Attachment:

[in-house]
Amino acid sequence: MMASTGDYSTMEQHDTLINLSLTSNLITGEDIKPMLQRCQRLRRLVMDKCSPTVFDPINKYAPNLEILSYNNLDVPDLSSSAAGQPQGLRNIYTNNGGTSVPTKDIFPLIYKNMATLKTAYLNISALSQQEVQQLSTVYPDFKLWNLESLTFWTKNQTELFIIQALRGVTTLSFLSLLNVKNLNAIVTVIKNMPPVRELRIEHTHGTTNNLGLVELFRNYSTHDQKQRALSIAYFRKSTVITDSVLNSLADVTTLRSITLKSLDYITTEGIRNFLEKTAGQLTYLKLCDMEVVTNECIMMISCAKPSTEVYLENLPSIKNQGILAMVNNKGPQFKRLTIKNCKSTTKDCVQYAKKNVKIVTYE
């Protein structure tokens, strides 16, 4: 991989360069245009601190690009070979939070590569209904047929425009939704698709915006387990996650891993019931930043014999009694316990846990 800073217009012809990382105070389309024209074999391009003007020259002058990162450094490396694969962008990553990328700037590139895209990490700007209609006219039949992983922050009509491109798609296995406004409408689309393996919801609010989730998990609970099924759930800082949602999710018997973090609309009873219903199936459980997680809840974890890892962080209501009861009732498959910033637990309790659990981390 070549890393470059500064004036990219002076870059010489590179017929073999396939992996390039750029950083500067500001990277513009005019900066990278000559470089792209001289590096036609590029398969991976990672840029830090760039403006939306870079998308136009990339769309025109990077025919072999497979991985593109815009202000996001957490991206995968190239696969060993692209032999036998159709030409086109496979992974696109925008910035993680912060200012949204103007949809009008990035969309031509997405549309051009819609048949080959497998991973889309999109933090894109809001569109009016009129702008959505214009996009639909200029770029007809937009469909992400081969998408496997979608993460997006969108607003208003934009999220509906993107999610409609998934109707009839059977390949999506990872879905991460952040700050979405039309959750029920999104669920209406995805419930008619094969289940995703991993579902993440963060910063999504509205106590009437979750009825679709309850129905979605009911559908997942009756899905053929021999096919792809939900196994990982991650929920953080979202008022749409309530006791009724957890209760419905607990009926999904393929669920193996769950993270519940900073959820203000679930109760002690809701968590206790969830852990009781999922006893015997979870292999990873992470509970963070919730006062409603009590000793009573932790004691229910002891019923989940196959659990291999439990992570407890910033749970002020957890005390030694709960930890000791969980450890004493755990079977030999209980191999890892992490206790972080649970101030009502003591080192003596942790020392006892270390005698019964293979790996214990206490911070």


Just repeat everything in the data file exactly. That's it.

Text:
[in-house]
Amino acid sequence: MMASTGDYSTMEQHDTLINLSLTSNLITGEDIKPMLQRCQRLRRLVMDKCSPTVFDPINKYAPNLEILSYNNLDVPDLSSSAAGQPQGLRNIYTNNGGTSVPTKDIFPLIYKNMATLKTAYLNISALSQQEVQQLSTVYPDFKLWNLESLTFWTKNQTELFIIQALRGVTTLSFLSLLNVKNLNAIVTVIKNMPPVRELRIEHTHGTTNNLGLVELFRNYSTHDQKQRALSIAYFRKSTVITDSVLNSLADVTTLRSITLKSLDYITTEGIRNFLEKTAGQLTYLKLCDMEVVTNECIMMISCAKPSTEVYLENLPSIKNQGILAMVNNKGPQFKRLTIKNCKSTTKDCVQYAKKNVKIVTYE
């Protein structure tokens, strides 16, 4: 991989360069245009601190690009070979939070590569209904047929425009939704698709915006387990996650891993019931930043014999009694316990846990 800073217009012809990382105070389309024209074999391009003007020259002058990162450094490396694969962008990553990328700037590139895209990490700007209609006219039949992983922050009509491109798609296995406004409408689309393996919801609010989730998990609970099924759930800082949602999710018997973090609309009873219903199936459980997680809840974890890892962080209501009861009732498959910033637990309790659990981390 070549890393470059500064004036990219002076870059010489590179017929073999396939992996390039750029950083500067500001990277513009005019900066990278000559470089792209001289590096036609590029398969991976990672840029830090760039403006939306870079998308136009990339769309025109990077025919072999497979991985593109815009202000996001957490991206995968190239696969060993692209032999036998159709030409086109496979992974696109925008910035993680912060200012949204103007949809009008990035969309031509997405549309051009819609048949080959497998991973889309999109933090894109809001569109009016009129702008959505214009996009639909200029770029007809937009469909992400081969998408496997979608993460997006969108607003208003934009999220509906993107999610409609998934109707009839059977390949999506990872879905991460952040700050979405039309959750029920999104669920209406995805419930008619094969289940995703991993579902993440963060910063999504509205106590009437979750009825679709309850129905979605009911559908997942009756899905053929021999096919792809939900196994990982991650929920953080979202008022749409309530006791009724957890209760419905607990009926999904393929669920193996769950993270519940900073959820203000679930109760002690809701968590206790969830852990009781999922006893015997979870292999990873992470509970963070919730006062409603009590000793009573932790004691229910002891019923989940196959659990291999439990992570407890910033749970002020957890005390030694709960930890000791969980450890004493755990079977030999209980191999890892992490206790972080649970101030009502003591080192003596942790020392006892270390005698019964293979790996214990206490911070």